The Pew Internet Project recently released survey results on the free-to-paid content front. Of the 233 Americans they reached in a telephoned survey who said they had been asked to pay for access to a Web site that was previously free, 12% anted up and paid for it.
You'll note that other media (noteably Reuters) who covered this news focused on the negative side -- the 88% of consumers who didn't pay (yet.) However, you can take it from me, this news is HAPPY DANCE TIME. The average conversion numbers we've been hearing from previously free online publishers have been in the range of .05%-10%. This is already higher than the average sales figures for content offers sent through direct mail (such as a direct mail offer for a magazine) that get from .02-2% generally, depending on pricing, demographics, marketing prowess, etc.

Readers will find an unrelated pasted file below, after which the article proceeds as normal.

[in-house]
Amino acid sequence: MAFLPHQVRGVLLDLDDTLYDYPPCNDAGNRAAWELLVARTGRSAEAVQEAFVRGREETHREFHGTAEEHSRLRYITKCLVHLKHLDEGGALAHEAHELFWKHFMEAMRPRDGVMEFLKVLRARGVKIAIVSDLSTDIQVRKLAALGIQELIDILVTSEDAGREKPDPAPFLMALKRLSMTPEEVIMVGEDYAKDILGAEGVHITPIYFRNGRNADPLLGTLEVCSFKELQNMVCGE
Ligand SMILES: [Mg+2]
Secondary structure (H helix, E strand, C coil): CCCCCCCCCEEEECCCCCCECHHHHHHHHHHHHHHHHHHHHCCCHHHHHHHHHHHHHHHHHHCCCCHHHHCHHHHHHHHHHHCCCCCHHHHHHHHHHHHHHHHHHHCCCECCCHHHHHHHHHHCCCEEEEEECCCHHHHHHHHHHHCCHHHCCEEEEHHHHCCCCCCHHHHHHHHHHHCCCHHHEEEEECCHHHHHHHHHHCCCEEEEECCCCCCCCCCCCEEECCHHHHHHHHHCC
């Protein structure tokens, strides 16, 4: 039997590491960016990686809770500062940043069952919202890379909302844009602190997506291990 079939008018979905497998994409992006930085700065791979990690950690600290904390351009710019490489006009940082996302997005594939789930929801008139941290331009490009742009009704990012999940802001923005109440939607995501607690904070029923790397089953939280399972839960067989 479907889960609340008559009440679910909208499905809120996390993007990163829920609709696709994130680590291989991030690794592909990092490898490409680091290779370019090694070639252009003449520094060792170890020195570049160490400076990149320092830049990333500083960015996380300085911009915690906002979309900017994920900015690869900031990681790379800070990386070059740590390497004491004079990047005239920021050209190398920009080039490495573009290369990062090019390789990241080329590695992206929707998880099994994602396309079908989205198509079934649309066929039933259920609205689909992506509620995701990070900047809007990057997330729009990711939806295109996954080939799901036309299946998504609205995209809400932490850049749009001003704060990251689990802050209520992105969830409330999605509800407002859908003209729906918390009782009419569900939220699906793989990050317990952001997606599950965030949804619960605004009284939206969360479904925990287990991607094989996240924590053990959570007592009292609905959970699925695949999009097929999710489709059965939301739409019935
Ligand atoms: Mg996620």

I'd also like to make a point - yet again - that you're probably bored of hearing from me, because I tend to hammer it in. Online paid content marketing is in its INFANCY. And in general, the copywriting skills, offer tests, pricing tests and all-around marketing savvy I've seen exhibited by the average econtent marketer have not come up to par with their offline peers.
(Perhaps partly because there are far fewer proven marketing campaigns to steal ideas from.)
So, when Pew says 12% of 233 people they talked to have already paid for content online that used to be free, you should see this as the beginning of a real success story.
(You can download your own PDF of the 6-page report here: